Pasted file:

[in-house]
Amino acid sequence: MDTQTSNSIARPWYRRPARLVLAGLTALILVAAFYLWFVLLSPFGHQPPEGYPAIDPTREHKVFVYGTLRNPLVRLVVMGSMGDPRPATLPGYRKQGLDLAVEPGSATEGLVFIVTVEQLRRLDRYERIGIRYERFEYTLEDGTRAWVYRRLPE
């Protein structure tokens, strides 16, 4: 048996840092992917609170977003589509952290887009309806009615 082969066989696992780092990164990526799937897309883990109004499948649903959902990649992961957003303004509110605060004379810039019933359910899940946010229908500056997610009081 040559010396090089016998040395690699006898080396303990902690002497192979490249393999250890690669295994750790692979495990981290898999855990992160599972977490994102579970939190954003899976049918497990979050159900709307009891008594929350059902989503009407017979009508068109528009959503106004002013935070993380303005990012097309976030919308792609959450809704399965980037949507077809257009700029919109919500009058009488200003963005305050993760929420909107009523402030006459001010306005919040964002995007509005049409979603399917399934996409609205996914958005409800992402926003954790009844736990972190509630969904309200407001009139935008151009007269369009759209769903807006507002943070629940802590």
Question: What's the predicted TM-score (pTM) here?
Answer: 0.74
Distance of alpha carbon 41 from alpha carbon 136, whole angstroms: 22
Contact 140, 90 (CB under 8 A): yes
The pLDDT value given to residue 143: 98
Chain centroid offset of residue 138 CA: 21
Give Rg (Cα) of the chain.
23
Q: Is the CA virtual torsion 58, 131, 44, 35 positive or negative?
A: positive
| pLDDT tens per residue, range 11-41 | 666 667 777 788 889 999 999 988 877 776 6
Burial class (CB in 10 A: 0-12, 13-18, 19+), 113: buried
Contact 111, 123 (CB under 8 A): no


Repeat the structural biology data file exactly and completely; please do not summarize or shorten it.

[in-house]
Amino acid sequence: MDTQTSNSIARPWYRRPARLVLAGLTALILVAAFYLWFVLLSPFGHQPPEGYPAIDPTREHKVFVYGTLRNPLVRLVVMGSMGDPRPATLPGYRKQGLDLAVEPGSATEGLVFIVTVEQLRRLDRYERIGIRYERFEYTLEDGTRAWVYRRLPE
């Protein structure tokens, strides 16, 4: 048996840092992917609170977003589509952290887009309806009615 082969066989696992780092990164990526799937897309883990109004499948649903959902990649992961957003303004509110605060004379810039019933359910899940946010229908500056997610009081 040559010396090089016998040395690699006898080396303990902690002497192979490249393999250890690669295994750790692979495990981290898999855990992160599972977490994102579970939190954003899976049918497990979050159900709307009891008594929350059902989503009407017979009508068109528009959503106004002013935070993380303005990012097309976030919308792609959450809704399965980037949507077809257009700029919109919500009058009488200003963005305050993760929420909107009523402030006459001010306005919040964002995007509005049409979603399917399934996409609205996914958005409800992402926003954790009844736990972190509630969904309200407001009139935008151009007269369009759209769903807006507002943070629940802590």
Question: What's the predicted TM-score (pTM) here?
Answer: 0.74
Distance of alpha carbon 41 from alpha carbon 136, whole angstroms: 22
Contact 140, 90 (CB under 8 A): yes
The pLDDT value given to residue 143: 98
Chain centroid offset of residue 138 CA: 21
Give Rg (Cα) of the chain.
23
Q: Is the CA virtual torsion 58, 131, 44, 35 positive or negative?
A: positive
| pLDDT tens per residue, range 11-41 | 666 667 777 788 889 999 999 988 877 776 6
Burial class (CB in 10 A: 0-12, 13-18, 19+), 113: buried
Contact 111, 123 (CB under 8 A): no